I finally did it! I now have two sweet Silkie chicks that I picked up on Saturday. The breeder, who lives west of town by a couple of hours, graciously met me halfway and we surreptitiously swapped money and chicks while dodging raindrops in the middle of a dance hall parking lot. I’ve been dancing ever since.
I’d been exploring the possibility of getting a couple of Silkies for the last year or two but it wasn’t until the untimely death of Coco that I decided to go ahead with it. I know, I keep replacing 1 chicken with 2 chickens, but it’s very hard to introduce 1 chicken by itself and Silkies are bantams, meaning they’re half the size of standard chickens, so these two really quality as just 1 “regular” chicken. Or so I rationalize. read more »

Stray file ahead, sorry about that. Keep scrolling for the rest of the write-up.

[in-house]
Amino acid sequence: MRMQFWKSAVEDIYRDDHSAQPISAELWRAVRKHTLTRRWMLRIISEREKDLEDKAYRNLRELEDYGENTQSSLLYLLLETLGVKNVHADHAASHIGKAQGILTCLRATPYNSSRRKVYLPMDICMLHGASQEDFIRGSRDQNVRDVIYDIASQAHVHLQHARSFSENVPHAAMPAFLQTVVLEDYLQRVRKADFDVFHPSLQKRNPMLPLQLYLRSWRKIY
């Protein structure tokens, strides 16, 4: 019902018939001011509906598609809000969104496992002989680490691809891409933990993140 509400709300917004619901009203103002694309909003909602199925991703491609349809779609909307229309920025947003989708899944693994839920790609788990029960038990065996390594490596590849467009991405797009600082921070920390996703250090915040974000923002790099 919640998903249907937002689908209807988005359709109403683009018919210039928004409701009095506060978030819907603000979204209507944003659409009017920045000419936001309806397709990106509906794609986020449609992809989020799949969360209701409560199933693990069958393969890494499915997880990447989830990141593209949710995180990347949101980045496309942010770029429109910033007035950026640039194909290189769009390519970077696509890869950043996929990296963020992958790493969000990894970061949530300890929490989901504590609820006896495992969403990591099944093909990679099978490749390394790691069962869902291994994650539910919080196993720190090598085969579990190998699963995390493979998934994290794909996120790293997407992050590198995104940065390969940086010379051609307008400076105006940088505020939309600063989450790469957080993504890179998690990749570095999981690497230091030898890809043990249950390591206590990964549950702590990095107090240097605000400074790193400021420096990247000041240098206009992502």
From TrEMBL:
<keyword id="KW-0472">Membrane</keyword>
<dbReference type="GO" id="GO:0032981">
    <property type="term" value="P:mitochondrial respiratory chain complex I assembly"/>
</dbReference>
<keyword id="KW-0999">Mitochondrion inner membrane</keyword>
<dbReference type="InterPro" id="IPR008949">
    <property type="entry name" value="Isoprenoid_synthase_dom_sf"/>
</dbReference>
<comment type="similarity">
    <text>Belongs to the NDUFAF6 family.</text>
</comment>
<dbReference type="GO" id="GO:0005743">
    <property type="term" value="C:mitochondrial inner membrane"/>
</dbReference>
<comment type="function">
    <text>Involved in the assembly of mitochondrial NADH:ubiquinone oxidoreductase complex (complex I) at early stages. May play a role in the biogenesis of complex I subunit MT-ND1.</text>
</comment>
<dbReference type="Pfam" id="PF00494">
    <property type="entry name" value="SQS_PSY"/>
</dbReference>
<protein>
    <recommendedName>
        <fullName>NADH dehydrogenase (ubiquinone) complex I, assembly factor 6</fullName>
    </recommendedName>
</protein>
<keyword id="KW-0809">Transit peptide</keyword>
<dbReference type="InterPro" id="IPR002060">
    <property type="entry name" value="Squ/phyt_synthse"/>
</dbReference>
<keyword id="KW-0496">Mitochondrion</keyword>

When I first started getting eggs from my own backyard chickens, I didn’t feel the need to decorate them come spring and Easter time. In fact, I was proud that I had my own naturally decorated eggs, the delicate blue, green and suntanned-brown eggs looked gorgeous simply placed in a bowl. But after several years of displaying eggs au naturel, I’m having fun exploring the possibilities of using natural dyes to color eggs. I am thrilled by the depth, colors and designs I can get from dyeing and decorating my backyard flock’s colored eggs.
I prefer using all natural dyes when decorating my homestead eggs, as the results are spectacular and occasionally unpredictable making it lots of fun. Follow the chart below to create your own dyes from common ingredients. White, brown or colored eggs can be dyed. White eggs produce the most intense colors while brown eggs produce a deeper and richly earthy version of each color. Light brown eggs will yield a stronger color than darker brown eggs. I’ve found that holding brown eggs overnight in dye in the refrigerator produces a deep brilliant color.